Latest alleged torture death in Egypt prompts public outcry against SCAF

The death of Essam Atta, who was reportedly tortured to death in Cairo’s Torah Prison on Thursday, is sure to further encourage popular discontent with Egypt’s ruling Supreme Council of the Armed Forces (SCAF).

According to the Cairo-based El-Nadeem Centre for the Rehabilitation of Victims of Violence, police officers punished Atta for smuggling a mobile-phone SIM card into his cell by inserting hoses into his mouth and anus, which reportedly led to bleeding and caused his subsequent death.

The 24-year-old was arrested on 25 February in relation to the illegal occupation of an apartment and, after being tried by a military court, sentenced to two years in Tora Prison, in which a number of former Mubarak regime figures are currently being held.

Members of Atta’s family, who had been preparing to appeal the court verdict, said that Atta had contacted them on Wednesday to say he had been mistreated by prison guards.

The latest incident comes only one day after two policemen were each given seven-year jail terms for a similar crime – the murder last year of 28-year-old Khaled Said in Alexandria – a charge seen by many activists as far too lenient.

“Who will hold the army accountable for the death of Essam Atta?” asked Heba Raouf, a political science professor at Cairo University. “Who will protect the rights of civilians like Essam – even if they are petty criminals?”

The SCAF is already struggling to appease protesters and activists following numerous human rights violations committed by authorities since the council assumed power in February after the ouster of longstanding president Hosni Mubarak.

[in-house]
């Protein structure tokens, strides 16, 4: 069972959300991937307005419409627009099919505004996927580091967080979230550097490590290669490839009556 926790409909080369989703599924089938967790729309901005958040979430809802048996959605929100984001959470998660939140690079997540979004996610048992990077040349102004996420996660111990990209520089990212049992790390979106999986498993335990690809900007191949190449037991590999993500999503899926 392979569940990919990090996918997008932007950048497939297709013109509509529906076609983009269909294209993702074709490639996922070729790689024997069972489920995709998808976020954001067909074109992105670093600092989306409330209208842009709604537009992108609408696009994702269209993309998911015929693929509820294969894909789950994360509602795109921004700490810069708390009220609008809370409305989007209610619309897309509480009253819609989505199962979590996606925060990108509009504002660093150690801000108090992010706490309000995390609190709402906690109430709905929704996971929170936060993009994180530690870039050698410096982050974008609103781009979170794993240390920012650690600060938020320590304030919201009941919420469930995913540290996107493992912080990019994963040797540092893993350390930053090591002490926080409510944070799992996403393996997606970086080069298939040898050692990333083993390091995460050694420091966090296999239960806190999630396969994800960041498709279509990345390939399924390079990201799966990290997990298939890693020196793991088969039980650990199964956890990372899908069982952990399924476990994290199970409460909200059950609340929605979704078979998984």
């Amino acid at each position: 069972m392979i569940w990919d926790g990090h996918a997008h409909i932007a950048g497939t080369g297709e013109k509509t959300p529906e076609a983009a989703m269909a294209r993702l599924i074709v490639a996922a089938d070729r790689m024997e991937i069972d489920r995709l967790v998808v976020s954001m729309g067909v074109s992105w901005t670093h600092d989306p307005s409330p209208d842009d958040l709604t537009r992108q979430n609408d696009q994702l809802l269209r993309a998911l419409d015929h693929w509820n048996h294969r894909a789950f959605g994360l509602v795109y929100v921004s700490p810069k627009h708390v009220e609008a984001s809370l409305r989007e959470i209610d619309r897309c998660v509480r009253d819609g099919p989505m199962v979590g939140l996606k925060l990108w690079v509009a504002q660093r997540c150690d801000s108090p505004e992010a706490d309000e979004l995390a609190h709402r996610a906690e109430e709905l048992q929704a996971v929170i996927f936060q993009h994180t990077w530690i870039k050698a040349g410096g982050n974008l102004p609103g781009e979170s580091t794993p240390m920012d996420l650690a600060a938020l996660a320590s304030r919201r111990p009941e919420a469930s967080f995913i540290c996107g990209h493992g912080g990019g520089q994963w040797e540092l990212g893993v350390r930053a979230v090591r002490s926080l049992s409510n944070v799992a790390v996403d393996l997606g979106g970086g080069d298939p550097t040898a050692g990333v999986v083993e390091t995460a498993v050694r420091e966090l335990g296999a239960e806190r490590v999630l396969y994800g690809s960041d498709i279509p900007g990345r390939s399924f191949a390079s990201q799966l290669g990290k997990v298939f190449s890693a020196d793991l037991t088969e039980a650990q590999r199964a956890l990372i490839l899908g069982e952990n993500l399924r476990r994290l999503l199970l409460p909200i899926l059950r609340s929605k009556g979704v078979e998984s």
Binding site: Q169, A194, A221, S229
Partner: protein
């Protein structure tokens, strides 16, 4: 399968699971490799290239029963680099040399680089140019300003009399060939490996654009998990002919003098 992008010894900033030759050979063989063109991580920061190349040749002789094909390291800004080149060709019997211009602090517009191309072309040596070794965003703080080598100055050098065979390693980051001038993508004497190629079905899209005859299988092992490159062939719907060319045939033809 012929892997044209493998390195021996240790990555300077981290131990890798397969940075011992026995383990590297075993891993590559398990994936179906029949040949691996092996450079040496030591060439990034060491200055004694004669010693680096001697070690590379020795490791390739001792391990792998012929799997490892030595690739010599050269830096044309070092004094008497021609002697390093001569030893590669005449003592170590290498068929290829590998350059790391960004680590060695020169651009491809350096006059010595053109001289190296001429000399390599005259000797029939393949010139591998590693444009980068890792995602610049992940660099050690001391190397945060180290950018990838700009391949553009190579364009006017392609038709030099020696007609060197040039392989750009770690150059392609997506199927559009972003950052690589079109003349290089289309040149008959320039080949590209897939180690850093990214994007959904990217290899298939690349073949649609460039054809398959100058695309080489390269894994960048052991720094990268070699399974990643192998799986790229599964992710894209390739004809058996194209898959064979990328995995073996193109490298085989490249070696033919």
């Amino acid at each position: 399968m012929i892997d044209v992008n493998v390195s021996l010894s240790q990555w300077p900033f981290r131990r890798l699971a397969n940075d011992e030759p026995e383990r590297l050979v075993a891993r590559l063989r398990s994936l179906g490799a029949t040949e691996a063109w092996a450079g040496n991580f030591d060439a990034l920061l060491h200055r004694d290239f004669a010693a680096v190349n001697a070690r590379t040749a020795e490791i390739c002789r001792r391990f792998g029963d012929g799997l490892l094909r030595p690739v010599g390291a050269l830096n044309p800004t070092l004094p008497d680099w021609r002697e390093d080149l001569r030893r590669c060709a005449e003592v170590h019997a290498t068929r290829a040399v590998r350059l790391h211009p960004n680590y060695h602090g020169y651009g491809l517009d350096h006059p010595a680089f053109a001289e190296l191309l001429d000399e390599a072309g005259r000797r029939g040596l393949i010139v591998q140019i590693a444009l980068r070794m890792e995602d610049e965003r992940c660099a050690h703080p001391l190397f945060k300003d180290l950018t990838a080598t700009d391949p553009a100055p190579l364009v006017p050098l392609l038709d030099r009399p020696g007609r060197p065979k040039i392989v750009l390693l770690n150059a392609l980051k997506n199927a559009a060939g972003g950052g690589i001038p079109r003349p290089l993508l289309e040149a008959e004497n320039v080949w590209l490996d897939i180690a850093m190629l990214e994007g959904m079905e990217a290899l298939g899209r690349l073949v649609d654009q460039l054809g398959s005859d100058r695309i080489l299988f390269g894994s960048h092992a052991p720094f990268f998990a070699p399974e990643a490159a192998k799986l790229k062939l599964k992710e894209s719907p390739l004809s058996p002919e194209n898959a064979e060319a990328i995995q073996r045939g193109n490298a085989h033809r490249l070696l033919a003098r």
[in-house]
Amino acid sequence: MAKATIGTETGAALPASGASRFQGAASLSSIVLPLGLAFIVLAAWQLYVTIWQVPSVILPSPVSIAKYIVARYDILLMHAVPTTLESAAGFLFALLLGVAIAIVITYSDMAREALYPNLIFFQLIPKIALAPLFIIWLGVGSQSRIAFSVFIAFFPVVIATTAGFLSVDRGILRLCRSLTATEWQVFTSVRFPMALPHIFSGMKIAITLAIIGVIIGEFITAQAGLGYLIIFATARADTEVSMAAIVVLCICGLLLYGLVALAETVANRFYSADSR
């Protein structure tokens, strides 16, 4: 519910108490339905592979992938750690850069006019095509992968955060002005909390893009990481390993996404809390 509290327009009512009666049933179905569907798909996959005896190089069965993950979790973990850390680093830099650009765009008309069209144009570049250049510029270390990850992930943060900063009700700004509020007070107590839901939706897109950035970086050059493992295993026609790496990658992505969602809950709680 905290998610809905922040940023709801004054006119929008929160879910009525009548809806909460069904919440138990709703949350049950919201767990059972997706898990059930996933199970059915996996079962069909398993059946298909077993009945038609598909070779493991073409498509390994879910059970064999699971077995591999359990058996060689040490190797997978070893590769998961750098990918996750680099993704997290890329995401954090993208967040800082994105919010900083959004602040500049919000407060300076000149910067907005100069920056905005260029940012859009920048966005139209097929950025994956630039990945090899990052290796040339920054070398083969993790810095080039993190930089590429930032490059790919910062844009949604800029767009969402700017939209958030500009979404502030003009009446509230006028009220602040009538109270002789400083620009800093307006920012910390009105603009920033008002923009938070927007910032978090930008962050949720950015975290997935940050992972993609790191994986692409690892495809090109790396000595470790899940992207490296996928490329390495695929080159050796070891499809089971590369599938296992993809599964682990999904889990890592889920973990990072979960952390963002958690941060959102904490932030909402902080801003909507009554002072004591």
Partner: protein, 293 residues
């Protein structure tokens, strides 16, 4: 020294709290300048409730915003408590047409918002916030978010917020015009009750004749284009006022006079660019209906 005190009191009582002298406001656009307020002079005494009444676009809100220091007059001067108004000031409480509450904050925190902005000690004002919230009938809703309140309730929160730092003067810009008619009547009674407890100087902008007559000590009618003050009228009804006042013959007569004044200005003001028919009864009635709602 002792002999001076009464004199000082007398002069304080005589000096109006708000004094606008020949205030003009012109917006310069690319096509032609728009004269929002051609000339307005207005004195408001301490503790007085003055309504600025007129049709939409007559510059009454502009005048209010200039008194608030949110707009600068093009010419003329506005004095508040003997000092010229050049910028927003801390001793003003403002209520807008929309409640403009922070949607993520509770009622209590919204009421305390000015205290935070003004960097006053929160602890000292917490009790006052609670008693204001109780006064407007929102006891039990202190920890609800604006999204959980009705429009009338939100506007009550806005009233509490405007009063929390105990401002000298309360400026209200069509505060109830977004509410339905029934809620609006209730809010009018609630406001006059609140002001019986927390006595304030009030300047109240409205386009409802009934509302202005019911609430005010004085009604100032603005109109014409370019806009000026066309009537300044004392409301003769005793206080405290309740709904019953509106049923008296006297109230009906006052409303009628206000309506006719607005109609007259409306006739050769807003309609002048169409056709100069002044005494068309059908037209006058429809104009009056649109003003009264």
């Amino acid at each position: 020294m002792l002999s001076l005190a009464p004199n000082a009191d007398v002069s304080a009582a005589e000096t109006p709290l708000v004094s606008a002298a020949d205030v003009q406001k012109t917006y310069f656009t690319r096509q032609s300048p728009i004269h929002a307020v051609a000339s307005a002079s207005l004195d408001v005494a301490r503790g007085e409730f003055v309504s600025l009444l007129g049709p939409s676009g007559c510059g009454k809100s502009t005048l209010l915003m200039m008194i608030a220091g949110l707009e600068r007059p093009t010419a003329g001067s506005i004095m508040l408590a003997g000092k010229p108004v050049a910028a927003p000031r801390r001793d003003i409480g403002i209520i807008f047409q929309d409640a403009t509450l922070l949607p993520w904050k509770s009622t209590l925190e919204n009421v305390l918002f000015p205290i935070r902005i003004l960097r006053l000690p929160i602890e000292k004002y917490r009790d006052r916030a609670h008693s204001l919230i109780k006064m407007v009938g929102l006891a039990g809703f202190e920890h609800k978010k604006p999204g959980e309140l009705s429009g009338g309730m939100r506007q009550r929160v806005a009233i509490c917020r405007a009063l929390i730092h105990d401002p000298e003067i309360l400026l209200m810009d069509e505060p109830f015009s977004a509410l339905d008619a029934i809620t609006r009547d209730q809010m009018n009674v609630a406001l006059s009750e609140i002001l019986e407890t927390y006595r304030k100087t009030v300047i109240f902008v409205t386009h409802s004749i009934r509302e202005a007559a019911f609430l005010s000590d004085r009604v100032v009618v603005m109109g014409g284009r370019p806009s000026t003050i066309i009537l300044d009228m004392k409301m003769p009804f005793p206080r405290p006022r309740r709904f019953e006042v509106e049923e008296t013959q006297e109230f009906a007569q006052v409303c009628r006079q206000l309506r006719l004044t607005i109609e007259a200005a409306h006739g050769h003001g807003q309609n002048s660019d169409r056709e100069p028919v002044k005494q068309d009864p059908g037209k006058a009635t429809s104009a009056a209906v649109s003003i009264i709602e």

Many had hoped the departure of Mubarak, under whom police torture had become routine, would see an end to such practices. Almost nine months later, however, such optimism appears to have been misplaced, with many activists and political observers going so far as to question the SCAF’s intentions.

The military council, for its part, has vowed to hand over executive power to an elected, civilian authority, although it has so far failed to set a definite timetable for highly-anticipated presidential elections.

The SCAF has already come under fire for referring some 12,000 civilians to military courts and imposing restrictions on media coverage. The military council has also been censured for repeated abuses against protesters, including conducting “virginity tests” on female detainees in March and clashing with Coptic Christian demonstrators in Cairo’s Maspero district earlier this month, leaving 26 dead.

Analysts note that, while the council has repeatedly stressed its readiness to accept criticism of its management of the current transitional period, its actions appear to contradict this.

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